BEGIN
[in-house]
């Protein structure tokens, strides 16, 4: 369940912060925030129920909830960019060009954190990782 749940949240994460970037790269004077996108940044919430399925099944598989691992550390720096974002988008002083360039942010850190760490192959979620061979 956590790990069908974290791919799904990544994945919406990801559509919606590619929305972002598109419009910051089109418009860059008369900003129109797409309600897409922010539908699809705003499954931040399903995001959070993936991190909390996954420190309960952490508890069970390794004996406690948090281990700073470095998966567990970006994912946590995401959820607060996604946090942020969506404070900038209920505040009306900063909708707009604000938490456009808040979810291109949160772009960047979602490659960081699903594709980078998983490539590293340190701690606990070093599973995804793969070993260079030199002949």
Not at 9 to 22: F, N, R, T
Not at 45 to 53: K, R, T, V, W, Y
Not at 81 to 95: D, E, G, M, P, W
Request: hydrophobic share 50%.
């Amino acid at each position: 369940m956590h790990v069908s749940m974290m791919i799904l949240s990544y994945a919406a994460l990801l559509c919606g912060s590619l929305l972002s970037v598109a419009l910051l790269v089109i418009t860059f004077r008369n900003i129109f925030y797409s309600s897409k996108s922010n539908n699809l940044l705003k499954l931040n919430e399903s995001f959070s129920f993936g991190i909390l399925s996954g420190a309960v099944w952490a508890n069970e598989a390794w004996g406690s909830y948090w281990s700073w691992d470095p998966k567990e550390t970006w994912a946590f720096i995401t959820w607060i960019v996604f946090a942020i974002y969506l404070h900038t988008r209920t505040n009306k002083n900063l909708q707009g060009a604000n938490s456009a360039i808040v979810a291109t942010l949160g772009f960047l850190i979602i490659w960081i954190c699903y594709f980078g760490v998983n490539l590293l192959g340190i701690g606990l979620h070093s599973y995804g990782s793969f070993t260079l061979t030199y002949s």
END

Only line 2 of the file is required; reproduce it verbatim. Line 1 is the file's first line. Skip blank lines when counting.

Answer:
């Protein structure tokens, strides 16, 4: 369940912060925030129920909830960019060009954190990782 749940949240994460970037790269004077996108940044919430399925099944598989691992550390720096974002988008002083360039942010850190760490192959979620061979 956590790990069908974290791919799904990544994945919406990801559509919606590619929305972002598109419009910051089109418009860059008369900003129109797409309600897409922010539908699809705003499954931040399903995001959070993936991190909390996954420190309960952490508890069970390794004996406690948090281990700073470095998966567990970006994912946590995401959820607060996604946090942020969506404070900038209920505040009306900063909708707009604000938490456009808040979810291109949160772009960047979602490659960081699903594709980078998983490539590293340190701690606990070093599973995804793969070993260079030199002949």